Thankfully, another plus of the drive-in meant that I could curl up on the backseat of the car and sleep while Scott endured the rest of Green Lantern (apparently, I didn’t miss anything). And while I would have left a modern multiplex frustrated to pay for an overpriced ticket of a dreadful film, the overall experience of the Aut-O-Rama made up for it.

The Aut-O-Rama is a first-run theatre open from the beginning of April until the end of September. Between Memorial and Labor Days, it’s open 7 days a week and at the beginning and end of the season, open Friday through Sunday. 

If you want to keep track of what shows they’re featuring each week, I’ve found signing up for their once-weekly email is really helpful (plus it always includes a coupon for deal-seekers like me).

The community gathered at Miller Rd Park on Sunday for Avon Lake ArtsFest

On Sunday we packed our car up again with blankets, a picnic and our bocce ball set (fortunately the folding chairs were still there from the night before) for Avon Lake’s annual ArtsFest.

This is the third year the Fourth of July celebration has taken place on Lake Erie at Miller Road Park.  Organized by the Avon Lake “Friends of the Park,” the day is filled with hanging out on the beach or fishing off the pier and enjoying games and other community activities in the park.

When I think about Fourth of July growing up – spent cooking out with neighbors on the Chesapeake Bay, the lakeside ArtsFest is the closest I’ve come to the same feeling.

After checking out the tents filled with local artisans and businesses, we picked a spot near the park’s mainstage and set up camp. While enjoying the paninis, salad, and snacks we had picked up from the grocery store (tastily complemented by that morning’s delivery of pickles from Kliːvlənd Pickle Works), Scott and I relaxed in the sun and listened to a full day of musical performances.

Earlier in the day, beach-goers and boaters enjoyed the lake

After their appearance at the Duct Tape Festival, a major ArtsFest draw for us was seeing the Smoking Fez Monkeys. In addition to a few of the songs that won us over at their Father’s Day concert, we heard a couple new favorites we missed in June - including Codfish Ball and Shimmy Like My Sister Kate.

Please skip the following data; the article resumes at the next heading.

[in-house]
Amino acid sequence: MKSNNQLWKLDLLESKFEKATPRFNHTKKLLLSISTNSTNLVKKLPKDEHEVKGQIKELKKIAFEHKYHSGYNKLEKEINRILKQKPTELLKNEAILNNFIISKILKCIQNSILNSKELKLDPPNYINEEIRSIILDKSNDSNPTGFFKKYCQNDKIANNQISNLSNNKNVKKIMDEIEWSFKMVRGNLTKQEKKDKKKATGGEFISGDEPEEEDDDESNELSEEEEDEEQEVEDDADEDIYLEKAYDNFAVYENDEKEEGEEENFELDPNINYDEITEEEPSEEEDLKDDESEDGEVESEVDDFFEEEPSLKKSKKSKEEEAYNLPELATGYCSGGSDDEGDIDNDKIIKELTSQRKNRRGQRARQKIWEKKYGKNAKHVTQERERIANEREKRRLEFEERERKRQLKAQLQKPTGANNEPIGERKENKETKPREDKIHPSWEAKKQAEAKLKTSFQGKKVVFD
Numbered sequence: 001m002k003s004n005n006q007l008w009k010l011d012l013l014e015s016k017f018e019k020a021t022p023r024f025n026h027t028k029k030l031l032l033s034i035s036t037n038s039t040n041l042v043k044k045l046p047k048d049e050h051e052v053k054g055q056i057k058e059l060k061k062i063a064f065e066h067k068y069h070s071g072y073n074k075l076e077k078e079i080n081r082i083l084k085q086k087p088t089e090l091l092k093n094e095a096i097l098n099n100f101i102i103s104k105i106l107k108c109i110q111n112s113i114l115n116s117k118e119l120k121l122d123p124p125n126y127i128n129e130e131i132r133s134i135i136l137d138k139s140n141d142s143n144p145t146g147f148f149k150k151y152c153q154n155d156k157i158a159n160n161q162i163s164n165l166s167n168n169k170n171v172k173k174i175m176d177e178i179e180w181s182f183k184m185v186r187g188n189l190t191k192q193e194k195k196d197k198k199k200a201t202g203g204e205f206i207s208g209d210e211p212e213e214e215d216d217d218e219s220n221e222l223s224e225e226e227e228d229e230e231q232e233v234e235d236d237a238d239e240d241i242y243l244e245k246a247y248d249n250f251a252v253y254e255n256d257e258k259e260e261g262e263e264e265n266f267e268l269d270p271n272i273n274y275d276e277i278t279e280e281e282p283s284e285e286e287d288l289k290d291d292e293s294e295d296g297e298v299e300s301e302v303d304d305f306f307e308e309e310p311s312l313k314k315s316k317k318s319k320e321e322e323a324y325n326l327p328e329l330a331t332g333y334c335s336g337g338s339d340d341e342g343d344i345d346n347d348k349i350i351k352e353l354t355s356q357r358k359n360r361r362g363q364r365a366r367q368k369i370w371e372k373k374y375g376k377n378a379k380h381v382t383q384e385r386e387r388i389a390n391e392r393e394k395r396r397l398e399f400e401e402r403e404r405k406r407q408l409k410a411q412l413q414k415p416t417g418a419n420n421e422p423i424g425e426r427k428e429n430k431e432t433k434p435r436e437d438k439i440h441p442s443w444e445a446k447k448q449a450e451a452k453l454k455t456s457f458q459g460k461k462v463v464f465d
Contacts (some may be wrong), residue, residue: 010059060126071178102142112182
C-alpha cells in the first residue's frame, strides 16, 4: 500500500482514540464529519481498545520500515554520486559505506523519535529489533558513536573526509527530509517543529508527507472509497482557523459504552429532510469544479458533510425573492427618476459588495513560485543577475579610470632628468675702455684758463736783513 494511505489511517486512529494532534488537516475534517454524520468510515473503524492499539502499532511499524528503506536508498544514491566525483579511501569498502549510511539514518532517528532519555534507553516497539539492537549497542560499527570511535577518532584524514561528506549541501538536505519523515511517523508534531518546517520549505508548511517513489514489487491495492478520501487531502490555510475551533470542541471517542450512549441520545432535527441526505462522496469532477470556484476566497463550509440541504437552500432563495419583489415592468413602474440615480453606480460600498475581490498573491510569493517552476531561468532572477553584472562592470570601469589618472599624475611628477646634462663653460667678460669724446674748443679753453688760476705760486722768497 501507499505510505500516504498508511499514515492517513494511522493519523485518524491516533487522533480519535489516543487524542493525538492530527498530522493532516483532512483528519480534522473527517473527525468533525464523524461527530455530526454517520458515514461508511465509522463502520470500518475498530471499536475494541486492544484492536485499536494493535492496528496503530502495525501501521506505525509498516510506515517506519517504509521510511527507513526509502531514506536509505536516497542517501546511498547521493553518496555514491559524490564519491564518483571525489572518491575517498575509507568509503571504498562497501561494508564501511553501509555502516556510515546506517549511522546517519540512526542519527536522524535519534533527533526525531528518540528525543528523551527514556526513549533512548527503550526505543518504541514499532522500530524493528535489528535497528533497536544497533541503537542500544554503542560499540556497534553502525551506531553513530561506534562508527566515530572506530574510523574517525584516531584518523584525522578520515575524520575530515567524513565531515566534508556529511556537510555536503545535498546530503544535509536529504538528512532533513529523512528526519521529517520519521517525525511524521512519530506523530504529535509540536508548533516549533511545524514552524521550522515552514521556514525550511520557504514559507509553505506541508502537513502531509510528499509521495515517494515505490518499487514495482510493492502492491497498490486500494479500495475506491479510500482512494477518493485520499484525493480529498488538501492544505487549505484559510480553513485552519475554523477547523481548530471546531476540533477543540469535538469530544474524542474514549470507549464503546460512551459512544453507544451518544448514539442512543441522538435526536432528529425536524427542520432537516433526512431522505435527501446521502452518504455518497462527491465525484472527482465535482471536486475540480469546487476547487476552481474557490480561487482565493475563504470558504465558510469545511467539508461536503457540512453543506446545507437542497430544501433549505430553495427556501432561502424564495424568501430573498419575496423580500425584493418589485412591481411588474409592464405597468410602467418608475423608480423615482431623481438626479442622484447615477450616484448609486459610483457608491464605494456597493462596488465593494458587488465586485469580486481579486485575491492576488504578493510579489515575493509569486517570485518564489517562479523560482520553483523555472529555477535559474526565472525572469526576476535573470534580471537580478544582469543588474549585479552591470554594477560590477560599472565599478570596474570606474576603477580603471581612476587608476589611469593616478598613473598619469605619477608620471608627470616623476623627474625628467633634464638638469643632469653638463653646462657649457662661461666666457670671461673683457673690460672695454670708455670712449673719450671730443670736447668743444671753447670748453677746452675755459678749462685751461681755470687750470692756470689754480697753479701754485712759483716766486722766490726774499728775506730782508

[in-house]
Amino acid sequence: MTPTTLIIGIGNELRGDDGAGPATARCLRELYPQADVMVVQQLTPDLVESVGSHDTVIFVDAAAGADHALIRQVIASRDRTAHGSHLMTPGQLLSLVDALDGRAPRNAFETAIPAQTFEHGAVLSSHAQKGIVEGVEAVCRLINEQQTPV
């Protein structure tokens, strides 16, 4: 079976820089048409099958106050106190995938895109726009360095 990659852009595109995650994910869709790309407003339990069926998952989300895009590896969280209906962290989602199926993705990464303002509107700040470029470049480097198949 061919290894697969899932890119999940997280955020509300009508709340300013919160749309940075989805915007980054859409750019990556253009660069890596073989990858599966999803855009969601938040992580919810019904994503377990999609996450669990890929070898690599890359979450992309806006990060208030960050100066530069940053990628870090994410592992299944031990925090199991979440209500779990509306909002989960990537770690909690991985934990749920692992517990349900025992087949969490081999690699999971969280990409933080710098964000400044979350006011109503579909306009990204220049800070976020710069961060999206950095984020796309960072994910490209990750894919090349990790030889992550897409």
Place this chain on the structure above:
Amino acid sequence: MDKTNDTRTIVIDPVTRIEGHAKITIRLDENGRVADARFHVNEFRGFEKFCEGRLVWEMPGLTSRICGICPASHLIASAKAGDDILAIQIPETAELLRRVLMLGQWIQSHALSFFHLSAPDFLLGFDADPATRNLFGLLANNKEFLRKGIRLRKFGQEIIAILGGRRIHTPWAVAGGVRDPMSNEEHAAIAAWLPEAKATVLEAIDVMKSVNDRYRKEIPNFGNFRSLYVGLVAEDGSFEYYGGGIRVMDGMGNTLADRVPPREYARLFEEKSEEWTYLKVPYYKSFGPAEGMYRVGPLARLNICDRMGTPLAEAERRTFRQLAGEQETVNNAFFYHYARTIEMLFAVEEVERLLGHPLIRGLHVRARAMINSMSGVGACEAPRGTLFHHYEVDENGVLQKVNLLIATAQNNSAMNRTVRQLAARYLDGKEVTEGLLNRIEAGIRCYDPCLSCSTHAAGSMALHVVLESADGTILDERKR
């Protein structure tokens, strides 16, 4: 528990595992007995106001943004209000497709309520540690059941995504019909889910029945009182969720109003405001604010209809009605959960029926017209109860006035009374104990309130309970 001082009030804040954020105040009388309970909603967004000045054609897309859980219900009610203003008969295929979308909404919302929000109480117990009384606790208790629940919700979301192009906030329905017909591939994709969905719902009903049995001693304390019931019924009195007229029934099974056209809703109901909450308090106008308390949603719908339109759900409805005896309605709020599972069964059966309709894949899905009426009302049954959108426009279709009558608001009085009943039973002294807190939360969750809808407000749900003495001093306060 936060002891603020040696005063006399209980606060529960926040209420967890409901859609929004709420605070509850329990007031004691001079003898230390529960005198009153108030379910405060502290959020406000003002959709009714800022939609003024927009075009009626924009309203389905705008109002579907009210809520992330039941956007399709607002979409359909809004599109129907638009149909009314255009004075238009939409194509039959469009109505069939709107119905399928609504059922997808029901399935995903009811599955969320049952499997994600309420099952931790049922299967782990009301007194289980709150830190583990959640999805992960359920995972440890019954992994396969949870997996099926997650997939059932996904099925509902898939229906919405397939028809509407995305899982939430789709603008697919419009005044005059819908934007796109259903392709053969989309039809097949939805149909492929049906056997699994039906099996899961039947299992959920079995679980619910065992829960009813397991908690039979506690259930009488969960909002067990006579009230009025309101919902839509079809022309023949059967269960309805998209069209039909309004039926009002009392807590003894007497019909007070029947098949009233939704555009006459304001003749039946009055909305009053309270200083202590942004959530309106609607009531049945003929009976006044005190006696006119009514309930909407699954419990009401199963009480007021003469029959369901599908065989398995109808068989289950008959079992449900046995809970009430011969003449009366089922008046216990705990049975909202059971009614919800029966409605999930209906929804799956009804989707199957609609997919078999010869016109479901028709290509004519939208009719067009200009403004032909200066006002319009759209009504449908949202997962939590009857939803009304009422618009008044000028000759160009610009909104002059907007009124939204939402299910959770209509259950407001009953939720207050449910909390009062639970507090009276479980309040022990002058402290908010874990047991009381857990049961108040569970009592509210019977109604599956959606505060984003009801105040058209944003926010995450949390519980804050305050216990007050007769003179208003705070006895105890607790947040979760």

When the Smokin Fez Monkeys wrapped, TrueNorth Chorale & Symphony took the stage for a pre-fireworks show. This year they presented A Grand Night for Singing, featuring the music of Rodgers & Hammerstein.

Rick Fortney, the Founder and Artistic Director of Lorain County’s multidisciplinary arts organization, led the skilled singers and musicians in classic American musical numbers like Maria, Honey Bun and Some Enchanted Evening (which I took inspiration from for the name of this post). Having both contributed to a few Rodgers and Hammerstein productions in high school, Scott and I found ourselves singing along to more than a few of the numbers.

The Smokin Fez Monkeys performing before the TrueNorth Symphony

However, this was just a warmup for TrueNorth’s concert of patriotic music and fireworks. Due to the wind, things started a little late so we were treated to a preview of their staging of Big River which opens July 15.  After a few songs from Huckleberry Finn, Jim and Pap Finn, the crowd that had filled the park finally got what they patiently waited for as we counted down to the fireworks.

For me, there’s nothing that compares to Avon Lake’s fireworks. It may not be as large as the Boston Pops spectacle on TV, but I love being able to sit right under the lights while looking out at the lake and seeing it lit up with their reflection. With the symphony’s music swelling in time to the explosions, it was an enchanting experience that made me marvel at the city and country I call home.

Aut-O-Rama / ArtsFest 411: